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The Importance of Wearing Sunscreen to Prevent Skin Cancer

Posted on: June 2nd, 2020 by Dr. Christopher Crosby

One of the best things you can do for the health and appearance of your skin is to protect it from the sun’s harmful rays. As we prepare to welcome the warm, sunny days of summer, the team at Grossmont Dermatology Medical Clinic encourages you to practice safe-sun habits when spending time outdoors. These habits help lower the risk of immediate reactions like sunburns and more serious, long-term damage like skin cancer.

Skin cancer is a major public health concern. According to the American Academy of Dermatology, one in five Americans will develop skin cancer in their lifetime. The deadliest form of skin cancer, melanoma, causes 20 deaths in the U.S. every day.

Protect Yourself By Wearing Sunscreen

Using sunscreen significantly reduces the risk of developing skin cancer. Sunscreen contains filters that reflect, scatter or absorb UV radiation to prevent it from reaching your skin.

Sunscreens are categorized as chemical or physical. Chemical (“organic”) sunscreens have filters that absorb UV rays, convert them to heat and release them from the body; the AAD compares chemical sunscreens to a sponge. Physical (“inorganic”) sunscreens are more like a shield, as they reflect the sun’s rays. Both are safe to use.

Every sunscreen contains a sun protection factor (SPF), which is a measure of how well the product will protect you from the sun’s UVB rays, or the rays that damage the surface of your skin. Using a sunscreen with an SPF of 30 means that if it usually takes 10 minutes for your unprotected skin to burn in the sun, the sunscreen protects your skin 30 times longer than that (for 300 minutes, or 5 hours).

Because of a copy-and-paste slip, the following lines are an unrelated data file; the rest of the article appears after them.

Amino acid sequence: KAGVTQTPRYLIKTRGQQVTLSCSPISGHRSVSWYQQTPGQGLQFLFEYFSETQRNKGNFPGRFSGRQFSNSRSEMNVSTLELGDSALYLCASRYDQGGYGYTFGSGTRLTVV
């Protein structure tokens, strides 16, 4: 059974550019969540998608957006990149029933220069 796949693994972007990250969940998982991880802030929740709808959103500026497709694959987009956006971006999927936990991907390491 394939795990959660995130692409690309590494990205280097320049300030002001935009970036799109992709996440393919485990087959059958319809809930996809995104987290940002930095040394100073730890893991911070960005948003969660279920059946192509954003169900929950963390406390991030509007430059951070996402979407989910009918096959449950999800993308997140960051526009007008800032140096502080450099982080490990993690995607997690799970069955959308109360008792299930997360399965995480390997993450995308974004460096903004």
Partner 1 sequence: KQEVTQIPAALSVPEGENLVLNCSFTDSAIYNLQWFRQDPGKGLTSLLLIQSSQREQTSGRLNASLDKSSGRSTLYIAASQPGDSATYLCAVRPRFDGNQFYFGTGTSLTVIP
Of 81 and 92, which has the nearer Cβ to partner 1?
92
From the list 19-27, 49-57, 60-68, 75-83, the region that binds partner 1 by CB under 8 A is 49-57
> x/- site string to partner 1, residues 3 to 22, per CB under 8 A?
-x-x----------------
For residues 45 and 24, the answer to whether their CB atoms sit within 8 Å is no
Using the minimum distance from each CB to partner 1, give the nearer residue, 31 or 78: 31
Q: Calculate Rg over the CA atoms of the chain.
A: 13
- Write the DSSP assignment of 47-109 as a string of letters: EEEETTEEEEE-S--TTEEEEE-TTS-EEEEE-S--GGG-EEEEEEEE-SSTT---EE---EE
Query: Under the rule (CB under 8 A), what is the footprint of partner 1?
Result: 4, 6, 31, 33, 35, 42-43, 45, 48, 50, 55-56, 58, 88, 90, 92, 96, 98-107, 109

Sunscreen Tips

Apply sunscreen daily — even on cool or cloudy days — to skin that isn’t covered by clothing. The rule of thumb for adults is to use approximately 1 ounce, or a shot glass worth, of sunscreen to cover the entire body. Don’t forget commonly missed areas such as the neck, lips, ears, tops of the feet and backs of the hands.

Don’t wait until you get to the beach or the pool to apply your sunscreen. Apply it ahead of time. If you wear makeup, apply sunscreen under your makeup.

If you will be outside for a long time, reapply sunscreen every two hours. If you swim or sweat, reapply more frequently.

Sunscreen is most effective when combined with other safe-sun practices. For instance, protective clothing like long-sleeve shirts and pants or long skirts help shield your skin from the sun’s harmful rays. Hats and sunscreen also provide extra protection.  Seeking shade under a tree or umbrella during peak sunlight hours (10 a.m. to 2 p.m.) will further reduce your risk of sun damage.

Contact Our Dermatology Team

For more information about choosing a sunscreen or taking extra precautions to protect your skin from the sun, please contact Grossmont Dermatology Medical Clinic today.

Coastal Skin & Eye Institute/Grossmont Dermatology